Halltown paper mill celebrates milestone
HALLTOWN – In 1869, a mill here on Flowing Springs Run used old rags and straw to turn out 6 tons of strawboard per day for use in making hat boxes and shoe boxes.
With 140 years of production, the mill is the oldest manufacturer in continuous operation in West Virginia.
In late 2007, Ox Paperboard bought the majority of the assets of Halltown Paperboard and began to operate the mill, located on a 53-acre site at U.S. 340 and Halltown Road. Ox manufactures the paper for spiral and convolute wound paper tubes at Ox Paper Tube & Core Inc. a national company headquartered in Hanover, Pa. The Hanover company had been buying paper from Halltown since 2004 and developed a good relationships with the Halltown employees.
Today, 80 workers at Ox Paperboard LLC produce about 135 tons of paperboard daily for paper tubes, gift boxes, angle board, protective packaging sheets, store tapes and labels and more. Twenty-five percent of the product is used in the Hanover plant’s tube operation with the other 75 sold on the open market, which includes customers as far away as Egypt and Saudi Arabia.
During a tour of the facility this week, Ox Paperboard President Kevin J. Hayward, credited the dedicated staff for the success of the business, which has used essentially the same manufacturing process for about 100 years, he said.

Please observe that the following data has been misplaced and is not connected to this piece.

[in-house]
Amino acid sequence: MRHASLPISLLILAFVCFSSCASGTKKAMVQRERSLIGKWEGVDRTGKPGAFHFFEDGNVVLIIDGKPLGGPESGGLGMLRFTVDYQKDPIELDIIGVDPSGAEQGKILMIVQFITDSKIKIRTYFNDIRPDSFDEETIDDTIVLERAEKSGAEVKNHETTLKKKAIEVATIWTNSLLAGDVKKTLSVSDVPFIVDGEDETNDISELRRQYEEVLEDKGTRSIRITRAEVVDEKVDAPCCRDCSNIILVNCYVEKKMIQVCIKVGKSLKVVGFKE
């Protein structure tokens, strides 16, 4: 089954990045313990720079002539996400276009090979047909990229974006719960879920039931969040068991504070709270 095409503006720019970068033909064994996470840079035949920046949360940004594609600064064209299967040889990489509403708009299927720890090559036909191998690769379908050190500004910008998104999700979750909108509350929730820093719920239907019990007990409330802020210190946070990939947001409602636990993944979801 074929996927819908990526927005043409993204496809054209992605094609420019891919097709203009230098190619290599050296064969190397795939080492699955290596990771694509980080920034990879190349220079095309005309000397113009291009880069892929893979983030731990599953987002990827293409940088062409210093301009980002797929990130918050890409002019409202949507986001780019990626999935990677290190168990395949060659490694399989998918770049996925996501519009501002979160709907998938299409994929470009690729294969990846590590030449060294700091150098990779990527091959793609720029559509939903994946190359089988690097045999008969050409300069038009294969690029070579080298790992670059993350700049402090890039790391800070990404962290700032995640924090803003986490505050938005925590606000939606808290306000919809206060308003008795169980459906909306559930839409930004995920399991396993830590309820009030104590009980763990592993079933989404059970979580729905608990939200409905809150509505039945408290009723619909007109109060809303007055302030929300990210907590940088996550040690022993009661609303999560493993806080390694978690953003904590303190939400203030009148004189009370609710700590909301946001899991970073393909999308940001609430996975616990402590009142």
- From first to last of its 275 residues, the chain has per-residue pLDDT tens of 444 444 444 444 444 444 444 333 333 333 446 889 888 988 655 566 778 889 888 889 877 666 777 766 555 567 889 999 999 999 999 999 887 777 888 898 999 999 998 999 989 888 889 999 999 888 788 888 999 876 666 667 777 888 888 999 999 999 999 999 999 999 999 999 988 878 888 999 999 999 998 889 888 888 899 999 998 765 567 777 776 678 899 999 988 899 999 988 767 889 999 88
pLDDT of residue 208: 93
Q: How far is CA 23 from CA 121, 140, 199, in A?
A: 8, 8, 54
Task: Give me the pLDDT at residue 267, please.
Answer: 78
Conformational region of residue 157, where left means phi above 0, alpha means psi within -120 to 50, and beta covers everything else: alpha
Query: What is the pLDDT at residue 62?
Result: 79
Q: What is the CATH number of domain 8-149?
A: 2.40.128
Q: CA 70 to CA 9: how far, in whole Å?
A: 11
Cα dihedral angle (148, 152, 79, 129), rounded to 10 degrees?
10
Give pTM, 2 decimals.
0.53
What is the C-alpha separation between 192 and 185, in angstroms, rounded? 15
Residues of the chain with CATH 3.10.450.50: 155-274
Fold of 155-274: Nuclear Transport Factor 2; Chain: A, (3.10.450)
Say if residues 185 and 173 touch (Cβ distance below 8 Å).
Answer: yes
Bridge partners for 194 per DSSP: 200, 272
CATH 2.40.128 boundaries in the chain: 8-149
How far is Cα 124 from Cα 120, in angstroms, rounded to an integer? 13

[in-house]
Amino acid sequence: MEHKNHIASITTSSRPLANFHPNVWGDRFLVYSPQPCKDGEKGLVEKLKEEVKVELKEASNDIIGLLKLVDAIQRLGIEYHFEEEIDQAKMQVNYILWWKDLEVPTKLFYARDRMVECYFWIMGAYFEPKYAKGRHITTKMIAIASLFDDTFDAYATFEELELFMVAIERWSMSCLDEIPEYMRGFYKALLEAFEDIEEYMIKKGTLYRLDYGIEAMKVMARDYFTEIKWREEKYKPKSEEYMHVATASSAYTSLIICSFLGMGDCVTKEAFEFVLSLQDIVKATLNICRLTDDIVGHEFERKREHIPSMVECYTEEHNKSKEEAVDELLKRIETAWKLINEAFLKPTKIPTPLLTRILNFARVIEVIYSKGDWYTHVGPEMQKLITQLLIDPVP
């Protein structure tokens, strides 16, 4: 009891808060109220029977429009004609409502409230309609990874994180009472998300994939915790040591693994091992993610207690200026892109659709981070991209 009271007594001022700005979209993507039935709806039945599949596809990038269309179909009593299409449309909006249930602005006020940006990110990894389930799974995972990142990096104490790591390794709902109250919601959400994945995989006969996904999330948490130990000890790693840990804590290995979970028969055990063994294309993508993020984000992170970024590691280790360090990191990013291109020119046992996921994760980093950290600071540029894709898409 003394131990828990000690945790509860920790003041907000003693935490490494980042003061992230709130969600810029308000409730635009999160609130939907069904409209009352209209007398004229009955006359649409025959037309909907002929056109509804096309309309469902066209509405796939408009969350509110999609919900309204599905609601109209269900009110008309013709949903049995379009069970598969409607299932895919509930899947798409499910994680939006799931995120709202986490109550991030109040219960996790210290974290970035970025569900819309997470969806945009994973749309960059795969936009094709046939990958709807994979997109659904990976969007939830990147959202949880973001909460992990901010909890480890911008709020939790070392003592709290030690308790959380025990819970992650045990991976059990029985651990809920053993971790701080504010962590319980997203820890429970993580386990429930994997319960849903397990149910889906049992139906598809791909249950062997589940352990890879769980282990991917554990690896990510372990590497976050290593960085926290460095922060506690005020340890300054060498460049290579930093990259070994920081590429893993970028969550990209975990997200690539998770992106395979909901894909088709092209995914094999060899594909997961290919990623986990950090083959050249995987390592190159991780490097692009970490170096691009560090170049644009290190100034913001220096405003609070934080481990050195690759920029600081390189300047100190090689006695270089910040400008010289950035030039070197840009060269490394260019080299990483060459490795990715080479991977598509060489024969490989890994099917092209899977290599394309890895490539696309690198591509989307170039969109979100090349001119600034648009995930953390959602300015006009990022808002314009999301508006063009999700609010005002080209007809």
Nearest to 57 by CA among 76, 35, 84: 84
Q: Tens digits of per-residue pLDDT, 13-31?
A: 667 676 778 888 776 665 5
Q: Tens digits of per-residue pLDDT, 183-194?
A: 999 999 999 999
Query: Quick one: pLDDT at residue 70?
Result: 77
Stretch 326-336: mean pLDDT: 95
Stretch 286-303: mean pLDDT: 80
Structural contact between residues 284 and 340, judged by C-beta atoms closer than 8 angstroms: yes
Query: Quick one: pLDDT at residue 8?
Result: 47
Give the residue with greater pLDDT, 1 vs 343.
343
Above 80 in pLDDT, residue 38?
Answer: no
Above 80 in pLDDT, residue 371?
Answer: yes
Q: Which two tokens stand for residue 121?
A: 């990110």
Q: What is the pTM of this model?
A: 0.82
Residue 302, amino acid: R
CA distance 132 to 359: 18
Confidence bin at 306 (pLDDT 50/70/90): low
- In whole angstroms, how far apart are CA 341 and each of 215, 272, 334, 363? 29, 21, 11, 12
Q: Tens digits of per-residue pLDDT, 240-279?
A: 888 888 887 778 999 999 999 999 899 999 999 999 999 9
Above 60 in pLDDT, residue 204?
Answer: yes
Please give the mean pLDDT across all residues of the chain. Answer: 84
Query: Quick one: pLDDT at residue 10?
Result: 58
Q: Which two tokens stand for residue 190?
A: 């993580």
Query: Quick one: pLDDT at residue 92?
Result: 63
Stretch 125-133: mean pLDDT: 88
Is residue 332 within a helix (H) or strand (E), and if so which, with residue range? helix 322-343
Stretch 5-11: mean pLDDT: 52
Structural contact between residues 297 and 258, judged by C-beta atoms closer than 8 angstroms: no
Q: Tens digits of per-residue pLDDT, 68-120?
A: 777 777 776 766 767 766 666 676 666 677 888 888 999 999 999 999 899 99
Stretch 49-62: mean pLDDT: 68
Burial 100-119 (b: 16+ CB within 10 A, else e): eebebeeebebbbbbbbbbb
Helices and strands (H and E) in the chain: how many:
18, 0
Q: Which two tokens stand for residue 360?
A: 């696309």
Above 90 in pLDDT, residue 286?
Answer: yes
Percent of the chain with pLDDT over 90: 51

“The reason why the mill is successful right now is solely because of the people that are here,” Hayward said. “I don’t know any other place . . . that has people like I have,” Hayward said. “If there is, I would love to see it.”
He marvels at the work record of the paper mill, noting 11 employees have 40 years and more experience, six have worked more than 30 years, and 13 have worked more than 20. “It’s something that you’ll never see again.”
The company’s 140th anniversary and the longevity of its workers will be celebrated Jan. 30 at the Charles Town Races & Slots during a company banquet in their honor.
“This mill has had great times and it’s had hard times,” Hayward said. “We’re in a real tough time right now.” He said finding new markets for the paperboard has ensured the company’s success.
And Hayward has made environmental stewardship a mission.
“We are truly a living history of manufacturing in West Virginia and one of the greenest companies in the State,” he said. “We’re a net positive to the environment right now.”
Hayward wants to reach out to local municipalities to provide recycling pickup locations for paper products. Towns pay about $50 per ton to send materials to the landfill, he noted.
The company uses waste paper of all sorts – cardboard, newsprint, magazines, cereal and food boxes to name a few – to produce a 100 percent recycled paperboard. It recycles water pulled from Flowing Springs. The mill has a permit to discharge and hopes to become a zero discharge plant.
Hayward said Ox Paperboard is positioned to increase production from about 41,000 tons a year to 51,000 and add 23 employees.
“We have the business for it,” he said. “We just do not have the funds.”